This Article examines the implications of changing racial patterns--particularly those tending to resegregate schools--as they bear on the formulation of judicial remedies for school segregation. The Article considers both the effect of changing residential racial patterns upon racial patterns in schools and the effect of school desegregation upon the level of white enrollment. A third question that also may be relevant in this connection concerns the extent to which the possible existence of such resegregation constitutes a legitimate consideration in school desegregation cases. For example,fourteenth amendment requirements may render white flight a wholly irrelevant factor in some desegregation cases. This is a question of constitutional law, however, and will not be addressed directly in this Article.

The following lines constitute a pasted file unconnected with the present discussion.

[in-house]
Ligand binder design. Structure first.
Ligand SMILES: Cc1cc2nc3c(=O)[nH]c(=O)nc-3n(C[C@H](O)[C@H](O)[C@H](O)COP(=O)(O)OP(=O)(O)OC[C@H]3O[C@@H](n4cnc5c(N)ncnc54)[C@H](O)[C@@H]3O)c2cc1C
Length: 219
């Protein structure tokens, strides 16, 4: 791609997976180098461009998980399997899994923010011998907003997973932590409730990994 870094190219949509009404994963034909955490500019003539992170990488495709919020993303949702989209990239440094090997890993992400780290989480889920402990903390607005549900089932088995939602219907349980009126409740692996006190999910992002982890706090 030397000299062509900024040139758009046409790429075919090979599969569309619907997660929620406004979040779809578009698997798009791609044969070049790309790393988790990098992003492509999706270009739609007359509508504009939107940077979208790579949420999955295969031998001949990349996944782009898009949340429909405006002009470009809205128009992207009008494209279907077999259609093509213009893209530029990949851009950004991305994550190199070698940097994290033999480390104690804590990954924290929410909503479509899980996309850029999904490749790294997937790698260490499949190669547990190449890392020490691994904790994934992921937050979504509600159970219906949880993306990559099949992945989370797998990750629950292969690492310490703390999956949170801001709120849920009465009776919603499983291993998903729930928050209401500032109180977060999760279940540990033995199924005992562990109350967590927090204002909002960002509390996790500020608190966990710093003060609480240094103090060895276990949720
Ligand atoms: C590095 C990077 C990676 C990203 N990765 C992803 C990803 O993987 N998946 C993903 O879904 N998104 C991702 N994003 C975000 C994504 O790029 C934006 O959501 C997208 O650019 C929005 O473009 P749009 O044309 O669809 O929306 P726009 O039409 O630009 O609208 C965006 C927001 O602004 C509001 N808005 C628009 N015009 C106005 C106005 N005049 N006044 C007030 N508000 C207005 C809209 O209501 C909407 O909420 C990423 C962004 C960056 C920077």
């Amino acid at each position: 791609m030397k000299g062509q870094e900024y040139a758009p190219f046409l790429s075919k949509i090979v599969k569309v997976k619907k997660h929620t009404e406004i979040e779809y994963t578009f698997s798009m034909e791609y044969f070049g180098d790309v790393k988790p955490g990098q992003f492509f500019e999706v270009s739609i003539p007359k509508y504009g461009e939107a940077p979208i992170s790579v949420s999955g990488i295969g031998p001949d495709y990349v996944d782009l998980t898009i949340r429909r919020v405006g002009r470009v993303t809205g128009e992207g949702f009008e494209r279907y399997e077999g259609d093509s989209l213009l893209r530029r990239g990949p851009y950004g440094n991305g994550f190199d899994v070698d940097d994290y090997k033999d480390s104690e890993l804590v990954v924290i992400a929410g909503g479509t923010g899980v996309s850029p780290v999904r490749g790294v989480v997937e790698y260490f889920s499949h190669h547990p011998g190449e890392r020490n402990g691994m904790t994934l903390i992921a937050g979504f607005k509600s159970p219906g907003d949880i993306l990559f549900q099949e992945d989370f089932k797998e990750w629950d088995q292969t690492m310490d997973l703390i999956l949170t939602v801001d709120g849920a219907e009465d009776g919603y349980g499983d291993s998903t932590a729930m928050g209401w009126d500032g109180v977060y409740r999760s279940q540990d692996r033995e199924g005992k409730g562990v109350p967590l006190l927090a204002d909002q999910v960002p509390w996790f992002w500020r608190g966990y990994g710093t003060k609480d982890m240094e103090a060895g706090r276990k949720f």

Charles T. Clotfelter,
The Implications of "Resegregation" for Judicially Imposed School Segregation Remedies,
31 Vanderbilt Law Review
Available at: https://scholarship.law.vanderbilt.edu/vlr/vol31/iss4/5